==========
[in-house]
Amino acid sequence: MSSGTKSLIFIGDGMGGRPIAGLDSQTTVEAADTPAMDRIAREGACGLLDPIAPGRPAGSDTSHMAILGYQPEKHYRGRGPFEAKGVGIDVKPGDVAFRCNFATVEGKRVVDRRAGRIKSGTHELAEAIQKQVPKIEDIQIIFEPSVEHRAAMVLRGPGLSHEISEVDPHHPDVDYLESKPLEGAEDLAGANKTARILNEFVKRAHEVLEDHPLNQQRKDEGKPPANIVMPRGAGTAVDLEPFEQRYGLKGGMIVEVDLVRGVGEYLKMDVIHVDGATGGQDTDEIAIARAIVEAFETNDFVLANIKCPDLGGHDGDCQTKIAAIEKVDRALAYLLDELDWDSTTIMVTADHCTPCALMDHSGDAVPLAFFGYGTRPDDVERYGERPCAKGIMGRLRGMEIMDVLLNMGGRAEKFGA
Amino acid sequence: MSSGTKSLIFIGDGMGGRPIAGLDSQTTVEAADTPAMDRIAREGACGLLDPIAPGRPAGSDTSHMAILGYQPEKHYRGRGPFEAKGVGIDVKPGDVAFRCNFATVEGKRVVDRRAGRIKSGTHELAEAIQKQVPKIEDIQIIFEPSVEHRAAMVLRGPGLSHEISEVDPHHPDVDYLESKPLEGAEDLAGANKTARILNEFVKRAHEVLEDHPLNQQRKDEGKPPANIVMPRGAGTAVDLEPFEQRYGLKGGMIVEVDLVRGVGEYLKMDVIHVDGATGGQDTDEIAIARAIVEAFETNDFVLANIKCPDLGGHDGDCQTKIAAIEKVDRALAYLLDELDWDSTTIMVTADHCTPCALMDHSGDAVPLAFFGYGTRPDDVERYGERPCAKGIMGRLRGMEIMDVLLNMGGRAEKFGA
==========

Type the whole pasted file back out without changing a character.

[in-house]
Amino acid sequence: MSSGTKSLIFIGDGMGGRPIAGLDSQTTVEAADTPAMDRIAREGACGLLDPIAPGRPAGSDTSHMAILGYQPEKHYRGRGPFEAKGVGIDVKPGDVAFRCNFATVEGKRVVDRRAGRIKSGTHELAEAIQKQVPKIEDIQIIFEPSVEHRAAMVLRGPGLSHEISEVDPHHPDVDYLESKPLEGAEDLAGANKTARILNEFVKRAHEVLEDHPLNQQRKDEGKPPANIVMPRGAGTAVDLEPFEQRYGLKGGMIVEVDLVRGVGEYLKMDVIHVDGATGGQDTDEIAIARAIVEAFETNDFVLANIKCPDLGGHDGDCQTKIAAIEKVDRALAYLLDELDWDSTTIMVTADHCTPCALMDHSGDAVPLAFFGYGTRPDDVERYGERPCAKGIMGRLRGMEIMDVLLNMGGRAEKFGA
Amino acid sequence: MSSGTKSLIFIGDGMGGRPIAGLDSQTTVEAADTPAMDRIAREGACGLLDPIAPGRPAGSDTSHMAILGYQPEKHYRGRGPFEAKGVGIDVKPGDVAFRCNFATVEGKRVVDRRAGRIKSGTHELAEAIQKQVPKIEDIQIIFEPSVEHRAAMVLRGPGLSHEISEVDPHHPDVDYLESKPLEGAEDLAGANKTARILNEFVKRAHEVLEDHPLNQQRKDEGKPPANIVMPRGAGTAVDLEPFEQRYGLKGGMIVEVDLVRGVGEYLKMDVIHVDGATGGQDTDEIAIARAIVEAFETNDFVLANIKCPDLGGHDGDCQTKIAAIEKVDRALAYLLDELDWDSTTIMVTADHCTPCALMDHSGDAVPLAFFGYGTRPDDVERYGERPCAKGIMGRLRGMEIMDVLLNMGGRAEKFGA